Received: February 14, 2021; Accepted: September 1, 2021; Published: September 28, 2021
Copyright: © 2021 Wen et al. This is an open access article distributed under the terms of the Creative Commons Attribution License, which permits unrestricted use, distribution, and reproduction in any medium, provided the original author and source are credited.
Data Availability: All relevant data are within the manuscript and its Supporting Information files.
Funding: SCW was supported by Queensland Advancing Clinical Research Fellowship through Queensland Health Health Innovation, Investment and Research Office (https://www.health.qld.gov.au/hiiro/html/rpu/clinical-research-fellowships). ADI (APP1197743), CLL (APP1193826), DLP (APP1177777), and GS (APP1173857) received National Health and Medical Research Council (NHMRC) Investigator Grants (https://www.nhmrc.gov.au). The funders had no role in study design, data collection and analysis, decision to publish, or preparation of the manuscript.
Competing interests: I have read the journal’s policy and the authors of this manuscript have the following competing interests: SCW has previously received research grant from GSK. DLP has board memberships with Merck, Shionogi, Achaogen, AstraZeneca, Leo Pharmaceuticals, Bayer, GlaxoSmithKline, Cubist, Venatorx and Accelerate. DLP has received payment from Pfizer for lectures. DLP also has grants pending with Shinogi and Merck.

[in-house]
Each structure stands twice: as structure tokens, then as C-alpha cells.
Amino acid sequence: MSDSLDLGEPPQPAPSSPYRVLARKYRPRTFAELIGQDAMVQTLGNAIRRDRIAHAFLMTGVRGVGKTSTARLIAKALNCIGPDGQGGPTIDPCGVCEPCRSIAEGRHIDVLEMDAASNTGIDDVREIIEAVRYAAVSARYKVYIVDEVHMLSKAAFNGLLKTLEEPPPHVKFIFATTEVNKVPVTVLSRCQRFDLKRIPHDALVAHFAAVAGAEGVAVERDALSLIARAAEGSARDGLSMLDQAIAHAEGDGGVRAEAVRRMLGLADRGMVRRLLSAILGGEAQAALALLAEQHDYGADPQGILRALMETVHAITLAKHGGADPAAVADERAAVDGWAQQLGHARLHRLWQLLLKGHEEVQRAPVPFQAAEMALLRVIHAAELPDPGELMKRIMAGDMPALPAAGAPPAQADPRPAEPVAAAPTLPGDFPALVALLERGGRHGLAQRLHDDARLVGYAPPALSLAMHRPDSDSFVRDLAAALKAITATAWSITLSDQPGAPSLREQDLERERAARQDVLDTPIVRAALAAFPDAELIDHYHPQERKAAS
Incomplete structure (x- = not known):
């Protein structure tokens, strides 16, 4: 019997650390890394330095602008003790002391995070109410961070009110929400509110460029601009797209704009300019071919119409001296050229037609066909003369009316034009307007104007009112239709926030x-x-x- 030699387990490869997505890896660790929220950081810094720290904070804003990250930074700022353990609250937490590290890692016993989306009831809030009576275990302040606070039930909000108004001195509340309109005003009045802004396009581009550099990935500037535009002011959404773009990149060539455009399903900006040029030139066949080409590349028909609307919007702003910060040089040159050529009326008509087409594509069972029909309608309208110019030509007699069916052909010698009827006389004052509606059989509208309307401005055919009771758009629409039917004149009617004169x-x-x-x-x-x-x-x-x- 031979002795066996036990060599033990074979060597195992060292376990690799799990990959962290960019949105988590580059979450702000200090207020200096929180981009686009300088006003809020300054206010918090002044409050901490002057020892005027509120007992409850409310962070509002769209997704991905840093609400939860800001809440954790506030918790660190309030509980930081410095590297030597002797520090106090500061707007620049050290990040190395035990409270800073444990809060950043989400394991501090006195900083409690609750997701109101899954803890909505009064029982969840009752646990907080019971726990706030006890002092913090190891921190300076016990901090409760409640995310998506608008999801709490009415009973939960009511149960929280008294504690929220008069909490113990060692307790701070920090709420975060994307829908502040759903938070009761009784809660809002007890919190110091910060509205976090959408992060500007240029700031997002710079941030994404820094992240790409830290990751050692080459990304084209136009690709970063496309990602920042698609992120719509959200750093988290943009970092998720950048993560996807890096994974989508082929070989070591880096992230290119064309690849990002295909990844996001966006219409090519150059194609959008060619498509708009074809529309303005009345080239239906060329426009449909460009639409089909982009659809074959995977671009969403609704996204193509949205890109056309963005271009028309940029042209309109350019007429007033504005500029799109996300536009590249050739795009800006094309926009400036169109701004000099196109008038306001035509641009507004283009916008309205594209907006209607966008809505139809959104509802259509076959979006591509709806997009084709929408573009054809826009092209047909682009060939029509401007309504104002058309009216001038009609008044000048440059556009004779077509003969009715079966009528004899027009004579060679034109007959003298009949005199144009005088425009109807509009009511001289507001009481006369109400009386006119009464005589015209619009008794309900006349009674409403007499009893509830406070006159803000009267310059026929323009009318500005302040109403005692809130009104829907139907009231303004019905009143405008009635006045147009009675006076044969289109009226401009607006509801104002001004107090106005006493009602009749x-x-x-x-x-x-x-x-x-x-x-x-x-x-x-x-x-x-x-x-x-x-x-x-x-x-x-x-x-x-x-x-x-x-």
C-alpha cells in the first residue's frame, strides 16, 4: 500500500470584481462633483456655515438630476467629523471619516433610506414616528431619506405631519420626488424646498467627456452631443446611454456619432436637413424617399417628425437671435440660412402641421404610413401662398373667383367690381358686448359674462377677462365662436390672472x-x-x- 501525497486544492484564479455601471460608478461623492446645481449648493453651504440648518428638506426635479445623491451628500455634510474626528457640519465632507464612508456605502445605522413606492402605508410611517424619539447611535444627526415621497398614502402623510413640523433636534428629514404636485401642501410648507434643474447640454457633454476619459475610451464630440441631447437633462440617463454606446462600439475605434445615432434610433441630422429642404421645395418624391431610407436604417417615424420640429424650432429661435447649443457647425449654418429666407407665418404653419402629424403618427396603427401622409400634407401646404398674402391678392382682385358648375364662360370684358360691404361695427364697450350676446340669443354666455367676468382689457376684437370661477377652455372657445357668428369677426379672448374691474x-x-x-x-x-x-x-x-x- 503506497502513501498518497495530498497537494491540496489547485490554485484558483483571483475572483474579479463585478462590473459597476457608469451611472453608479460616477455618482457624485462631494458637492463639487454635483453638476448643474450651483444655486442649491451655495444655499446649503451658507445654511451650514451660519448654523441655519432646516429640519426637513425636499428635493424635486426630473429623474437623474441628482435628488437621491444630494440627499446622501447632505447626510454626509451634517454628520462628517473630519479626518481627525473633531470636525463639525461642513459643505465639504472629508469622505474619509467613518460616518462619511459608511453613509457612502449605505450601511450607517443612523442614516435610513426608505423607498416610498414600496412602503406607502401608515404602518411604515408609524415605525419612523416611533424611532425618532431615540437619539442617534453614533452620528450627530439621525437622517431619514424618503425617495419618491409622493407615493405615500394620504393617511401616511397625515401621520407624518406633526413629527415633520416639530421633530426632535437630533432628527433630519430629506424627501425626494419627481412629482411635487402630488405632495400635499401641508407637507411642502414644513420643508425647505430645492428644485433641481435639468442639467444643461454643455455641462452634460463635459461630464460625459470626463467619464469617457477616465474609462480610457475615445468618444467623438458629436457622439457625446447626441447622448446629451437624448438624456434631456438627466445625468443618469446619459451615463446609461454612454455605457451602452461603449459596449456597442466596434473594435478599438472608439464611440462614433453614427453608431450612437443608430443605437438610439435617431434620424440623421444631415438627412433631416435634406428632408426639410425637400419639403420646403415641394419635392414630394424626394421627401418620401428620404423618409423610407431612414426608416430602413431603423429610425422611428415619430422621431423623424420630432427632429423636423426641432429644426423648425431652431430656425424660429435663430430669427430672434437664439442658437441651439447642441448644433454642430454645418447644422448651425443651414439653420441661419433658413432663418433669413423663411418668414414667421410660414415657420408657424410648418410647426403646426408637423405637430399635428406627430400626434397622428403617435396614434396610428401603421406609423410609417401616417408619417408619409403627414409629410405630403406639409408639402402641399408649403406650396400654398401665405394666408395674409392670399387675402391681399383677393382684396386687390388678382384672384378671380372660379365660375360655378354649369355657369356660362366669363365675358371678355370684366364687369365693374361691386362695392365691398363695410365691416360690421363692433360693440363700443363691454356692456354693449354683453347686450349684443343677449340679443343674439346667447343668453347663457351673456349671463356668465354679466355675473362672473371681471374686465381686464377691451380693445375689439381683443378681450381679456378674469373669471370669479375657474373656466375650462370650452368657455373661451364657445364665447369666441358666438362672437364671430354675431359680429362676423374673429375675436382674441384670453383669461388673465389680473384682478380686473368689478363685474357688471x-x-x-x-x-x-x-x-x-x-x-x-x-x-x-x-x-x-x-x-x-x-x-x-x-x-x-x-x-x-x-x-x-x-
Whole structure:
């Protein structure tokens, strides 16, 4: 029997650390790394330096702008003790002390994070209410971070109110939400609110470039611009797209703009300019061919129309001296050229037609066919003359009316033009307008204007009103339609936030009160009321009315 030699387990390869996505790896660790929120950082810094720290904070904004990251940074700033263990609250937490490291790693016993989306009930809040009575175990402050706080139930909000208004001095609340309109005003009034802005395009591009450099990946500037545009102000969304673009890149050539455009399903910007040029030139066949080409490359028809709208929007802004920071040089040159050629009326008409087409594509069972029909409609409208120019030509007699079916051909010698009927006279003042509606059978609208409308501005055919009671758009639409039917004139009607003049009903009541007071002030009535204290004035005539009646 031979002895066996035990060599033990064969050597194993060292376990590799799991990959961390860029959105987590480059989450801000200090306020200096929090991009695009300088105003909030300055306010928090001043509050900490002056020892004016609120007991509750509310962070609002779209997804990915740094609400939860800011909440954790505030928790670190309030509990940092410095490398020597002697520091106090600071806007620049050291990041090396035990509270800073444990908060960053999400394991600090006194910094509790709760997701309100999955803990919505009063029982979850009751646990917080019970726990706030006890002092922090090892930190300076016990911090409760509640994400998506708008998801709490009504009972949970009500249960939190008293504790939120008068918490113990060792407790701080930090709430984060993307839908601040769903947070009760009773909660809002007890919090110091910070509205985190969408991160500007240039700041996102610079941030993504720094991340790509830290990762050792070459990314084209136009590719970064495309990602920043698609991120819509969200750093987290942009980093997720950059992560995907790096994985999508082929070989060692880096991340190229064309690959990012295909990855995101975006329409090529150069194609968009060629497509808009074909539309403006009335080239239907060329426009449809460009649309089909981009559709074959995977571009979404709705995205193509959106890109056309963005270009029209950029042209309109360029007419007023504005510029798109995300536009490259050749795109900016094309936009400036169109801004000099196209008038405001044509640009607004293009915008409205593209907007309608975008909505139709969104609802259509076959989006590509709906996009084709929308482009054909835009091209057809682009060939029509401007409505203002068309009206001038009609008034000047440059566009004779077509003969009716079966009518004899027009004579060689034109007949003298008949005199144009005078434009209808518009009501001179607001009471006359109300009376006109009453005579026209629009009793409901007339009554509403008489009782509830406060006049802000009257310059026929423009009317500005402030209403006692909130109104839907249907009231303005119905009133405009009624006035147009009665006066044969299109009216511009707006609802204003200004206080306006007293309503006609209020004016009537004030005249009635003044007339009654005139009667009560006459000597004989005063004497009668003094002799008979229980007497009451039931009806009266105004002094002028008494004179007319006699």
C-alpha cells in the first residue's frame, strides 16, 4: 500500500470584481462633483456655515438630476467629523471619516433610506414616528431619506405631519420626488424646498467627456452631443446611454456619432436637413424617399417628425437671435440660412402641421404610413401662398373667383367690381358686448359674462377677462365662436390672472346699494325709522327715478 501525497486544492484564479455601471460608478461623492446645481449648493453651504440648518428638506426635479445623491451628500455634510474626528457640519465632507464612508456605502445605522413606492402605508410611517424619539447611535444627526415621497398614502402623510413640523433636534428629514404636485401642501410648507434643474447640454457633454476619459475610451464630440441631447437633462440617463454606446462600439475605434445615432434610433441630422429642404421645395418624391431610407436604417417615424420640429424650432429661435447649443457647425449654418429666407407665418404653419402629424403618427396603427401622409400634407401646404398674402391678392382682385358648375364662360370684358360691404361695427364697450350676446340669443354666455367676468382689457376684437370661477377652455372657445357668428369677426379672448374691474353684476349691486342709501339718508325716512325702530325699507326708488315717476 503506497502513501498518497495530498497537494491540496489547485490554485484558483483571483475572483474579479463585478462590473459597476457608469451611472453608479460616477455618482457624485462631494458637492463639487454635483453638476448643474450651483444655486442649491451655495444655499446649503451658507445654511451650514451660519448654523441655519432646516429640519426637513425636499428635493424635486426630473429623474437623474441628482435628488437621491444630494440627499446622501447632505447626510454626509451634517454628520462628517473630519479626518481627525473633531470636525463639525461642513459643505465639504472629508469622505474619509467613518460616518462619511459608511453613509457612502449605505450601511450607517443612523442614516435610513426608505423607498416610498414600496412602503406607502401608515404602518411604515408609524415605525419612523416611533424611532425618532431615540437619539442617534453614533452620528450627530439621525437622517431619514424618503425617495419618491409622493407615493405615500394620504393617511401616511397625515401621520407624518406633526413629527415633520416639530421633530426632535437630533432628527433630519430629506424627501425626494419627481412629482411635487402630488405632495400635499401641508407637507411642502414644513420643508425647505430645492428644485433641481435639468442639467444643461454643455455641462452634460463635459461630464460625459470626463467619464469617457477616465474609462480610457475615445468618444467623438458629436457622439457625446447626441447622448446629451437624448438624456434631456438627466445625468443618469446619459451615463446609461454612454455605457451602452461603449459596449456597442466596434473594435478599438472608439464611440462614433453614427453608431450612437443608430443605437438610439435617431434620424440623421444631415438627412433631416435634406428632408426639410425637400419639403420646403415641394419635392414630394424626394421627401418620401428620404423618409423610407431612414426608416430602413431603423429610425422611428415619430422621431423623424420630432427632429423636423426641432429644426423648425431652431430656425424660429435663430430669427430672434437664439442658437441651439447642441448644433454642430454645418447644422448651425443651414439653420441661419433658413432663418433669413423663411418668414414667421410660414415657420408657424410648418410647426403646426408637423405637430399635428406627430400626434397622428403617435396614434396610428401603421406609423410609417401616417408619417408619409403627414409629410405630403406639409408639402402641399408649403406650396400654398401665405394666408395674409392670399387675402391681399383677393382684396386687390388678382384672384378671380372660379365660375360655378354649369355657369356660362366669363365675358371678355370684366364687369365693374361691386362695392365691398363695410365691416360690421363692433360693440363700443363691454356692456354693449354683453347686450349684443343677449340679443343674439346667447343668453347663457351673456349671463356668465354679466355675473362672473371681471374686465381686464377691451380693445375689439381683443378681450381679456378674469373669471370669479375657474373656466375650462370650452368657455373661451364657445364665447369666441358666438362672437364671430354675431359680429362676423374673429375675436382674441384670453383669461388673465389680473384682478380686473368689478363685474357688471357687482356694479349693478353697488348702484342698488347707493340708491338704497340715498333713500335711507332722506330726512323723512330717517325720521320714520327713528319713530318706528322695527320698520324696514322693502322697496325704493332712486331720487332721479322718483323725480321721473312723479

Abbreviations: 3GC, third-generation cephalosporin; AMR, antimicrobial resistance; CSF, cerebrospinal fluid; EOS, early-onset sepsis; LLMICs, low- and lower-middle-income countries; LMICs, low- and middle-income countries; LOS, late-onset sepsis; MDR, multidrug-resistant; NICU, neonatal intensive care unit; WHO, World Health Organization
Neonatal sepsis is a major cause of mortality and morbidity, accounting for approximately 22% of global annual neonatal deaths . Improvements in neonatal mortality over the last 30 years have occurred at a slower rate than those observed for post-neonatal mortality, and the neonatal period contributes greater than 40% of all mortality in children under 5 years of age. The Sustainable Development Goals (SDGs) target a reduction of neonatal mortality in all countries to less than 12 deaths per 1,000 live births by 2030 [1,2]. There is significant variation in the reported incidence of neonatal sepsis worldwide, with a paucity of data particularly from low-income countries. In high- and middle-income countries, it has been estimated that neonatal sepsis occurs in 2,200 neonates per 100,000 live births, equating to 3 million cases of neonatal sepsis annually, with a mortality rate of 11% to 19% . The incidence of neonatal sepsis in middle-income countries has been reported to be up to 40 times higher than in high-income countries .
Neonatal sepsis is historically categorised as either early-onset sepsis (EOS) or late-onset sepsis (LOS), with EOS variably defined as sepsis within 72 hours or up to 7 days of birth. EOS is traditionally thought to be caused by organisms such as group B streptococcus and enteric Gram-negative bacteria, acquired peripartum from the maternal genital tract. LOS, on the other hand, is considered to arise due to the acquisition of pathogens during hospitalisation, with very low birth weight and early gestational age being strong risk factors . Increasingly, this distinction is called into question by reports, particularly from low- and middle-income countries (LMICs), of a predominance (up to 64% ) of Gram-negative and hospital-associated infections in both EOS and LOS [4–6]. There has been a worldwide increase in the prevalence of Gram-negative neonatal sepsis, with an alarming upward trend in multidrug-resistant (MDR) infections [4–7]. It has been estimated that globally 214,000 neonatal sepsis deaths are attributable to resistant pathogens each year . Access to antimicrobials remains a significant barrier for many neonates and children in LMICs  and has resulted in an increase in neonatal mortality .